Heizer Middle School
Have you ever found yourself in a similar scenario?
Your parents leave you alone for the first time and the first thing
you do is spill red soda on your mother's favorite, brand new, white rug.
You swallow hard. You must figure out how to clean the stain and return it
to its original condition before your parents get home tomorrow. And then,
just maybe when you have time to get creative, you will work on inventing a
contraption that evaporates stains within seconds, void of tears, panic,
experimenting with solutions, scrubbing and exacerbating the stain, and on
and on. But, then you would have to know the engineering design
process, and you can’t think about that right now because you are in a panic!
You're broke so you can't buy a new rug. You
don't have a car or driver's license. You don't have anyone else to blame
this on – no pets, little brothers or sisters, and of course, no one would
believe you if you blamed it on a Narnian, stray unicorn running through the
house with the main purpose of toppling over your red soda. Would your parents
believe Chuck Norris knocked down the door with the intent to spar with you?
No, probably not. Well, you do know your mom has numerous cleaning supplies
and other household items stored in the laundry room, and as you mentally scan
all the products, you hear the words of your science teacher echoing through
your brain. You try to block it, but it pounds through that thick skull of yours.
"You're going to need to use the scientific method someday! You actually use
this method a lot and are not aware of it. You will soon find out what you can
accomplish when you become more aware of applying your background knowledge
to new situations."
You mutter weird words at the thought of your teacher but realize the task of
cleaning the rug is crucial in order to see your next birthday, much less
keep that phone you sleep with. Yeah, we know you sleep with that phone because
it's essential you stay connected. You may miss something, and you just never
know when someone might really need you. But, that's another story.
What do you do first? Then what? What if you make a mistake? How do you decide when to stop?
Do you rush in and make the stain permanent or even worse?
Time for some action!
PLEASE PROCEED TO THE TASK SECTION AT THE LEFT.
*****REMEMBER to add "Inventions" to your Table of Contents*****
Well, by now you should have discerned that an invention is a brand new creation designed to solve a problem or address a need and an innovation is an improvement on an invention - something that already exists. Watch the following video on the Engineering Design Process:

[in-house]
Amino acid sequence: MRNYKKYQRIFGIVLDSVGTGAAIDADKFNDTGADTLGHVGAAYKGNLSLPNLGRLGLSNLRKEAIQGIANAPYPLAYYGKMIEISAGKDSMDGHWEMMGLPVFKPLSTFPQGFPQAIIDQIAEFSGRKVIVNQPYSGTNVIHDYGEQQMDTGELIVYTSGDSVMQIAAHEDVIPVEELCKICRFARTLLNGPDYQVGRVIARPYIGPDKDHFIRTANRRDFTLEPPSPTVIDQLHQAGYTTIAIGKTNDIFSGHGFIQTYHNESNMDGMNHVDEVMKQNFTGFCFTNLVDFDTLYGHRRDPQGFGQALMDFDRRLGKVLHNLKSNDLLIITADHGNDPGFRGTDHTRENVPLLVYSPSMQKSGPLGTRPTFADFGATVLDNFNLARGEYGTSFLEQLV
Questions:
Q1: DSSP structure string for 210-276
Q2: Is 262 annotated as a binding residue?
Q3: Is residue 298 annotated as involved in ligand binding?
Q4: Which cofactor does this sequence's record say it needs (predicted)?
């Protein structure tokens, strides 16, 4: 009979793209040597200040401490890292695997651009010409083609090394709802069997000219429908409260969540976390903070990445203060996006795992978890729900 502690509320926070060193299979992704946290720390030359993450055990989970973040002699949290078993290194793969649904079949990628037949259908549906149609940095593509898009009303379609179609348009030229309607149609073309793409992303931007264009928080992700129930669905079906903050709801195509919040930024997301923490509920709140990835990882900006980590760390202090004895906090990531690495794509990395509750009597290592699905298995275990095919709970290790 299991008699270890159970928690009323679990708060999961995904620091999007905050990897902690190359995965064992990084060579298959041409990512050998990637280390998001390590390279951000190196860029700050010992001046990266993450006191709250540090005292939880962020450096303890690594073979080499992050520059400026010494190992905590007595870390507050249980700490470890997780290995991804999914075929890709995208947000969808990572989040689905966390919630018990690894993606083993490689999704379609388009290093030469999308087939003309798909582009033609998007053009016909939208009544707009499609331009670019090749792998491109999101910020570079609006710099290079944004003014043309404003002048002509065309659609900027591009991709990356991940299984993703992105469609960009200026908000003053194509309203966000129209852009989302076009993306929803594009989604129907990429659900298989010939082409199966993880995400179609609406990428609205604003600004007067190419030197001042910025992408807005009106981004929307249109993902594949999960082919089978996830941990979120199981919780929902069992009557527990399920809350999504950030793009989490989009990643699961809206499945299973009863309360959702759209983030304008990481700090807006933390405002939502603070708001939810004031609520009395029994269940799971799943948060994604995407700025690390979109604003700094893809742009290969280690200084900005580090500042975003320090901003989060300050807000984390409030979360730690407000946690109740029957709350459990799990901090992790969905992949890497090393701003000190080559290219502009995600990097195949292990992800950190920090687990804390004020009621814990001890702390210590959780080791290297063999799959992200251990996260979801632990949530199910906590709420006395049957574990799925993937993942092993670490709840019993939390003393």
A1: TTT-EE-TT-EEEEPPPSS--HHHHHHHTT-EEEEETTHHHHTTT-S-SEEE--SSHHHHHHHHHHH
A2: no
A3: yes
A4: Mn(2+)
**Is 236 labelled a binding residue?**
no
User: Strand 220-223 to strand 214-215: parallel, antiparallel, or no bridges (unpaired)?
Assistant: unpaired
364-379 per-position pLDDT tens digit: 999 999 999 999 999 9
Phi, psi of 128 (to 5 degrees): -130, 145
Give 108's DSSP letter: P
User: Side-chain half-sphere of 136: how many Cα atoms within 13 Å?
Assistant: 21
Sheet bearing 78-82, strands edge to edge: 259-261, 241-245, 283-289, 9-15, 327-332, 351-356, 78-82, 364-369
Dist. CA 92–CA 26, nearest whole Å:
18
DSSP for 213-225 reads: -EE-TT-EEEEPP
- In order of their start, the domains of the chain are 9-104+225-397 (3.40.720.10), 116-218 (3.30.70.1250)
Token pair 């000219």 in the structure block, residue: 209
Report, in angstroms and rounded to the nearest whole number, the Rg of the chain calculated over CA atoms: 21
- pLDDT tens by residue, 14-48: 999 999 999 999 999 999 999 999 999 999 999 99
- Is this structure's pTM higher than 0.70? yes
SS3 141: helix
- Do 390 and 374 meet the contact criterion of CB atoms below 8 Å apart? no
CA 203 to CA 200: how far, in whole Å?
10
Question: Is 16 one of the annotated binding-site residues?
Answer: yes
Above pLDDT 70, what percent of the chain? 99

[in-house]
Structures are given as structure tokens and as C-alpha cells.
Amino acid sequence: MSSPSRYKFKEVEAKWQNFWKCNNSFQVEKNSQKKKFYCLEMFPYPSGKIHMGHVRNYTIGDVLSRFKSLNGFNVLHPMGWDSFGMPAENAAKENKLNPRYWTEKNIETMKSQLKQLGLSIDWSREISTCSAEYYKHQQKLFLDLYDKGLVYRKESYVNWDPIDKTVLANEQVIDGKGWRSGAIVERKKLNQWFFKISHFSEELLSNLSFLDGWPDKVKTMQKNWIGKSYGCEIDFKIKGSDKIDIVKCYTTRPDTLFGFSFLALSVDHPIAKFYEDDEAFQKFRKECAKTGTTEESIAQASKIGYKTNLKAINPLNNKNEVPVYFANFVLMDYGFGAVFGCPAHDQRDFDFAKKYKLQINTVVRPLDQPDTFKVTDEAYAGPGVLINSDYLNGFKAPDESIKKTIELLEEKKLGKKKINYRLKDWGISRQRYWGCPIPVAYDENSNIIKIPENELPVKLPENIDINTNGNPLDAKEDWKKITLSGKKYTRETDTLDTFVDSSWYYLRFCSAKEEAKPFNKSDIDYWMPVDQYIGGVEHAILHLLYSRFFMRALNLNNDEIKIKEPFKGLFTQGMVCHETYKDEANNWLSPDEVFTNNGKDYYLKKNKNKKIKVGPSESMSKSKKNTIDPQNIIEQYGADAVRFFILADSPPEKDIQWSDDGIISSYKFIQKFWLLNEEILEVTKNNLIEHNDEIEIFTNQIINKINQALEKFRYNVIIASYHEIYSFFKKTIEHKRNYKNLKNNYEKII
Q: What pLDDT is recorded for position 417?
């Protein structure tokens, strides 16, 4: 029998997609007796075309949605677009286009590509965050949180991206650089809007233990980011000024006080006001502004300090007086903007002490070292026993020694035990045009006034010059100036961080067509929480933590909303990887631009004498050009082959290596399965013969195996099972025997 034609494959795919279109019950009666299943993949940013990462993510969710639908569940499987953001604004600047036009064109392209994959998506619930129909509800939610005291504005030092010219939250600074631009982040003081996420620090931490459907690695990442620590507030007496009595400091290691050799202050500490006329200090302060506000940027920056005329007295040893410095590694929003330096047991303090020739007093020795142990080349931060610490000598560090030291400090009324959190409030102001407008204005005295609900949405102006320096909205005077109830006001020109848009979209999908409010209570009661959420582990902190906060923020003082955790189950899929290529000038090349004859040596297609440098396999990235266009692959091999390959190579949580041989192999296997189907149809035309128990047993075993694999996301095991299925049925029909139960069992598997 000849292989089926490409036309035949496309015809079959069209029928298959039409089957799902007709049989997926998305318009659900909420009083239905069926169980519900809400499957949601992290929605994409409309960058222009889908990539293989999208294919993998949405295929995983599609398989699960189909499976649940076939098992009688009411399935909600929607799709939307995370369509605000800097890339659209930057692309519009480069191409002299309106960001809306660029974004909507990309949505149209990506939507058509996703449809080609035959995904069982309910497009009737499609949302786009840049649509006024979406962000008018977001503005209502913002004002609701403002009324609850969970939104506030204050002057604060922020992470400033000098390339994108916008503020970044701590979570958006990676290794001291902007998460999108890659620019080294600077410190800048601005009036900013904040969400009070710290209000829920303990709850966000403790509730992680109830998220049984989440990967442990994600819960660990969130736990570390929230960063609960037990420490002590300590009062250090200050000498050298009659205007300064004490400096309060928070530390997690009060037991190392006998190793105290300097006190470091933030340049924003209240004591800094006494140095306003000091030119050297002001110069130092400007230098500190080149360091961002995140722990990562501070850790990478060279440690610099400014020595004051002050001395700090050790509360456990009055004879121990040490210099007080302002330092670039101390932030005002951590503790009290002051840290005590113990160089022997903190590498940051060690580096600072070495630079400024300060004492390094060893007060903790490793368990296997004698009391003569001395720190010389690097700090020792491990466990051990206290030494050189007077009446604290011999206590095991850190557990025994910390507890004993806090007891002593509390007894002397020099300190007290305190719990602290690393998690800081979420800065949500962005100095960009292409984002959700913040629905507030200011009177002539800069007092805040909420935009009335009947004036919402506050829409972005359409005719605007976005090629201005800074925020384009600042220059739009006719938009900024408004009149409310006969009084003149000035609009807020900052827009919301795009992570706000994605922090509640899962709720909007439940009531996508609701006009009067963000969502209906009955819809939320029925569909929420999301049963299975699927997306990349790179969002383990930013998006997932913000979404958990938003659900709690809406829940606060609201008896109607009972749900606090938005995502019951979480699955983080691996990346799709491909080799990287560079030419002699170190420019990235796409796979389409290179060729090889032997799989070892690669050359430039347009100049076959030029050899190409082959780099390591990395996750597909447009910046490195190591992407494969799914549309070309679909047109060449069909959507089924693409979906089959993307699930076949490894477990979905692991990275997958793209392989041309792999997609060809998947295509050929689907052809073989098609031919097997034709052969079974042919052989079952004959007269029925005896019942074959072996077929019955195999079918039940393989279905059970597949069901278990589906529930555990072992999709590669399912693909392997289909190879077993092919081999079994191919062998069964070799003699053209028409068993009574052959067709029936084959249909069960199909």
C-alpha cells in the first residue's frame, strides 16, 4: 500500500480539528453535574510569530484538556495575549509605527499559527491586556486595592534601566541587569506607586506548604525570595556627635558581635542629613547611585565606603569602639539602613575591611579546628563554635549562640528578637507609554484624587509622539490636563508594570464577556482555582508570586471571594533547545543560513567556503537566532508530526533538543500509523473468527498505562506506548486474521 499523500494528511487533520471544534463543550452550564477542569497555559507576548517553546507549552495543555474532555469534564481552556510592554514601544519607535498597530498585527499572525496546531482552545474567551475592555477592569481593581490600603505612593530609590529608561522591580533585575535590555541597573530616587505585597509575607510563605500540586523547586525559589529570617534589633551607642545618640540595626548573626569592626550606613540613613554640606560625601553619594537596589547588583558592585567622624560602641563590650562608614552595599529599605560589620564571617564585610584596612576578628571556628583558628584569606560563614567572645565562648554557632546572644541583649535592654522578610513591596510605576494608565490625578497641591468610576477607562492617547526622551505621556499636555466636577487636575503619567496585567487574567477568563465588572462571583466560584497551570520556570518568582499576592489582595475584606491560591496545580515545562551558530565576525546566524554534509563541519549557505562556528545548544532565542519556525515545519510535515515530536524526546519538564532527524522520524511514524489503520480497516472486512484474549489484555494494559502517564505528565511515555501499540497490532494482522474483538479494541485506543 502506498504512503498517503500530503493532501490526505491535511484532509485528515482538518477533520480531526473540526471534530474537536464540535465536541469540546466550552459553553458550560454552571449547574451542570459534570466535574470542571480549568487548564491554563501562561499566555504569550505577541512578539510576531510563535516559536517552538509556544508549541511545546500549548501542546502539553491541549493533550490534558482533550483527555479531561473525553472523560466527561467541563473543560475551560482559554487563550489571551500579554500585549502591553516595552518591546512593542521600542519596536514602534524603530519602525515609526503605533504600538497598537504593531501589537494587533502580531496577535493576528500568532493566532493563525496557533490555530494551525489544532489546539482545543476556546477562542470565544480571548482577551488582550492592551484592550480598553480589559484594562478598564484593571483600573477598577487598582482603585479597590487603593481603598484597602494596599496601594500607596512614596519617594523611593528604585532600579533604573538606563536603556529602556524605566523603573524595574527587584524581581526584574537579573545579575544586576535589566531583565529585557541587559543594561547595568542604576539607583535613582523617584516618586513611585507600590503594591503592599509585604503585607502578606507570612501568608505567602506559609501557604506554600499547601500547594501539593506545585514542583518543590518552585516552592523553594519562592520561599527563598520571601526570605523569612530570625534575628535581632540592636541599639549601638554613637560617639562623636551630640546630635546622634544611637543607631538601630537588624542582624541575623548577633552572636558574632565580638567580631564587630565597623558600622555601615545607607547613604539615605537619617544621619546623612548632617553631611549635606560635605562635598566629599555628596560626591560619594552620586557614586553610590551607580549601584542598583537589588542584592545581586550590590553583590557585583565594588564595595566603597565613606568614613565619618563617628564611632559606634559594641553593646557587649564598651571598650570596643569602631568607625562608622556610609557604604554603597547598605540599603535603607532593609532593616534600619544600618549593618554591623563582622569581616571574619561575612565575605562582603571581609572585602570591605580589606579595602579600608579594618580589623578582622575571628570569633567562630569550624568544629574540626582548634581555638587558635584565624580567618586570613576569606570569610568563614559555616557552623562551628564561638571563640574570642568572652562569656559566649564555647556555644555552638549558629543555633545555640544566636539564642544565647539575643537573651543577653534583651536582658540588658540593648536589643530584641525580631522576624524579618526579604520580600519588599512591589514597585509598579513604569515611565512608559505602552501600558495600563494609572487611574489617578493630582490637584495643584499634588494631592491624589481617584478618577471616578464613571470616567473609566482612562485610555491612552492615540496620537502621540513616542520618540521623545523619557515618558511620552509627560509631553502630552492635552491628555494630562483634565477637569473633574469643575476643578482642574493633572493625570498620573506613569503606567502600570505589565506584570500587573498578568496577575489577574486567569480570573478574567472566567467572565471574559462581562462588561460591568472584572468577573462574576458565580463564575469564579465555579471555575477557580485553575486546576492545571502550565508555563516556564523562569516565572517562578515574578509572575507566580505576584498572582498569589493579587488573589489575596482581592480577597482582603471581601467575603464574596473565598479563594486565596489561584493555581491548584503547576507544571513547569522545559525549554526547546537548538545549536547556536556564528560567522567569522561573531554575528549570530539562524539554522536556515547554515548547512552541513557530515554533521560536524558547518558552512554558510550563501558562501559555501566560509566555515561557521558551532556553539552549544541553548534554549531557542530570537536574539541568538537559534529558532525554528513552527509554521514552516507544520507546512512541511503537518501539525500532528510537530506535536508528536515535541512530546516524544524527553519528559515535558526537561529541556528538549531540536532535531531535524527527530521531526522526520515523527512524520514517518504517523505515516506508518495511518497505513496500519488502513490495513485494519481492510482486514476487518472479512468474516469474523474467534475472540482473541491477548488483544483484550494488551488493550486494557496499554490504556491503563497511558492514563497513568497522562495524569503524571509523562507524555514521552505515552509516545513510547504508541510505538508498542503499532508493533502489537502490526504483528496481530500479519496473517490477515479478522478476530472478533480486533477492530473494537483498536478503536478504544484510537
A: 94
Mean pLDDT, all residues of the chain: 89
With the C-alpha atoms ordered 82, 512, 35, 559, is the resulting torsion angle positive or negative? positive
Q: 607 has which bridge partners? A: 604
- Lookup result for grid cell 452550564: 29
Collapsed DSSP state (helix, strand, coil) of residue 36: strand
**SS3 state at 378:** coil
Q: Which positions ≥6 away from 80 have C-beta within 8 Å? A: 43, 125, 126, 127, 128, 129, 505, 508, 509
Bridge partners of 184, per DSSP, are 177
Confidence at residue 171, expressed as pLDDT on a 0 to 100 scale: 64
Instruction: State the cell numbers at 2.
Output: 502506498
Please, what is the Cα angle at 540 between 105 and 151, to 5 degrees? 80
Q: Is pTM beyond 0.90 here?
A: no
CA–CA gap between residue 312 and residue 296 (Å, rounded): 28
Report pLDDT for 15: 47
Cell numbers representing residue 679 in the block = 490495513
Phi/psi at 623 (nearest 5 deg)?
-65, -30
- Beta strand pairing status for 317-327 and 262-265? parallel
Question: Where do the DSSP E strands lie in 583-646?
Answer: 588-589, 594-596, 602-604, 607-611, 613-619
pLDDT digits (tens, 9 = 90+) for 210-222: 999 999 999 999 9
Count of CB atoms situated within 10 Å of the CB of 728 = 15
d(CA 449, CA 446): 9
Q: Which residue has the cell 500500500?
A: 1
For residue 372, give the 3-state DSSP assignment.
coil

[Go to the "Process" section at left. Complete the "Process #2" BEFORE doing TASK #3 below.]
Watch the videos from the following link: http://pbskids.org/designsquad/video/
Take notes on at least five videos that you watch in your Engineering Design Notebook.
[Go to the "Process" section at left. Complete the "Process #3"]
The changes that SCAMPER stands for are:
Design a Graphic Organizer, Flow Chart, or Illustration to highlight the steps of The Engineering Design Process (EDP)
Step 1: Look at the EDP
Look into the Engineering Design Process and make sure you understand all the steps involved. Use the following graphic organizer to help guide your research http://teachers.egfi-k12.org/wp-content/uploads/2010/05/Engineering-Design-Process.jpg. Write down the important components - the CRITICAL STEPS - of the EDP.
Step 2: Designing your Graphic Organizer, Flow Chart, or Illustration.
After listing the critical steps of the EDP, think how you can visually represent them in a note-taking strategy. Create your idea. Be sure to use the color pencils to make your design visually appealing.
[Go back to the TASK Section at the left. Begin at "Task #3". You should NOT move on to "Process #3 below until told to do so. ]
Read over the following three challenges.
Choose one challenge and think about how you would begin to complete the task. In your Engineering Notebook, brainstorm solutions and design a product that solves the problem in a real world context.
Invent a device that launches a spoonful of confetti into the air. The bigger the cloud, the better.
Invent an indoor game for one or two people that gets you moving.
Invent a holder for six cans that’s animal-safe, sturdy, convenient, and easy to carry.
[Go to the CONCLUSION Section at the left.]
You will be given a grade based on the following criteria:
Task #1: 3 inventions listed with name(3), patent #(3) , information(3), and how to improve (3) = 12 points
Task #3: Watch 5 Design Squad Videos and take notes = 15 points
Process #1: Improvement (2) and Scamper (10) = 12 points
Process #2: Graphic Organizer/Flow Chart/Illustration = 20 Points
Process #3: Challenge (5 points), Brainstorm (10 points), Design (10 points) = 25 points
Conclusion: Questions = 16 Points
Total = 100 points
In your opinion why does one invent, or create something new, or improve on a known product?
Explain one concept you learned from this activity.
How can you apply the design process to other areas of study and beyond (real world)?
How would you change this activity if you were assigning it to a class?
Thank you to Steffanie Grotz, Inverness Middle School. This activity was adapted from her original webquest.
Heizer Middle School